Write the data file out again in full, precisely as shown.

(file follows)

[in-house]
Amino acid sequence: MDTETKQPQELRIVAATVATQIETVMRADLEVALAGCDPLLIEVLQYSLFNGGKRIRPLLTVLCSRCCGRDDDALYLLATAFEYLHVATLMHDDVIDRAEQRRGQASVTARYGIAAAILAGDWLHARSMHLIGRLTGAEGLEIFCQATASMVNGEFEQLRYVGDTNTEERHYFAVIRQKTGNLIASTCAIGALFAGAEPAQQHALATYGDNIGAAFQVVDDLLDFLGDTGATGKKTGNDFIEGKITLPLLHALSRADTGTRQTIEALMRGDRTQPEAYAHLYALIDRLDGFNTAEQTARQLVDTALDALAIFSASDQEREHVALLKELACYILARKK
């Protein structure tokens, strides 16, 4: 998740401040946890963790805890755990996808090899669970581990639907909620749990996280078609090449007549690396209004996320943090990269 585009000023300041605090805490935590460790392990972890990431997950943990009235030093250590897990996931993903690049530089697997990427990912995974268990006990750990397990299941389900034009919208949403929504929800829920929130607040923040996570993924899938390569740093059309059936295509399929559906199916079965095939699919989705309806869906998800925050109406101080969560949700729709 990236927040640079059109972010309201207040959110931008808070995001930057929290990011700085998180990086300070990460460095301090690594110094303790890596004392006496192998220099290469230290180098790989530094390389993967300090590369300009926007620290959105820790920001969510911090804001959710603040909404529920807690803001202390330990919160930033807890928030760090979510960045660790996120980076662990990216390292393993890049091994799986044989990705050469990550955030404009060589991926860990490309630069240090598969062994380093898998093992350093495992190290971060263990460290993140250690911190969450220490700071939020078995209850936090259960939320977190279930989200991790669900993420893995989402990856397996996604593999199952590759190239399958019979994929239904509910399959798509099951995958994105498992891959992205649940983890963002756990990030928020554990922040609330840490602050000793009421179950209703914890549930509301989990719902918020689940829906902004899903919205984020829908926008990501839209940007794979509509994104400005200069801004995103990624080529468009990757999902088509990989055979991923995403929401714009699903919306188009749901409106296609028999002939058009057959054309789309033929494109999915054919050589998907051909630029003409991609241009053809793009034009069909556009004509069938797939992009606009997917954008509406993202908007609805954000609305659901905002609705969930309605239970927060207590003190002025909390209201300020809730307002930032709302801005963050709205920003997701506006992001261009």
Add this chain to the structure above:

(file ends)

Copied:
[in-house]
Amino acid sequence: MDTETKQPQELRIVAATVATQIETVMRADLEVALAGCDPLLIEVLQYSLFNGGKRIRPLLTVLCSRCCGRDDDALYLLATAFEYLHVATLMHDDVIDRAEQRRGQASVTARYGIAAAILAGDWLHARSMHLIGRLTGAEGLEIFCQATASMVNGEFEQLRYVGDTNTEERHYFAVIRQKTGNLIASTCAIGALFAGAEPAQQHALATYGDNIGAAFQVVDDLLDFLGDTGATGKKTGNDFIEGKITLPLLHALSRADTGTRQTIEALMRGDRTQPEAYAHLYALIDRLDGFNTAEQTARQLVDTALDALAIFSASDQEREHVALLKELACYILARKK
């Protein structure tokens, strides 16, 4: 998740401040946890963790805890755990996808090899669970581990639907909620749990996280078609090449007549690396209004996320943090990269 585009000023300041605090805490935590460790392990972890990431997950943990009235030093250590897990996931993903690049530089697997990427990912995974268990006990750990397990299941389900034009919208949403929504929800829920929130607040923040996570993924899938390569740093059309059936295509399929559906199916079965095939699919989705309806869906998800925050109406101080969560949700729709 990236927040640079059109972010309201207040959110931008808070995001930057929290990011700085998180990086300070990460460095301090690594110094303790890596004392006496192998220099290469230290180098790989530094390389993967300090590369300009926007620290959105820790920001969510911090804001959710603040909404529920807690803001202390330990919160930033807890928030760090979510960045660790996120980076662990990216390292393993890049091994799986044989990705050469990550955030404009060589991926860990490309630069240090598969062994380093898998093992350093495992190290971060263990460290993140250690911190969450220490700071939020078995209850936090259960939320977190279930989200991790669900993420893995989402990856397996996604593999199952590759190239399958019979994929239904509910399959798509099951995958994105498992891959992205649940983890963002756990990030928020554990922040609330840490602050000793009421179950209703914890549930509301989990719902918020689940829906902004899903919205984020829908926008990501839209940007794979509509994104400005200069801004995103990624080529468009990757999902088509990989055979991923995403929401714009699903919306188009749901409106296609028999002939058009057959054309789309033929494109999915054919050589998907051909630029003409991609241009053809793009034009069909556009004509069938797939992009606009997917954008509406993202908007609805954000609305659901905002609705969930309605239970927060207590003190002025909390209201300020809730307002930032709302801005963050709205920003997701506006992001261009």
Add this chain to the structure above: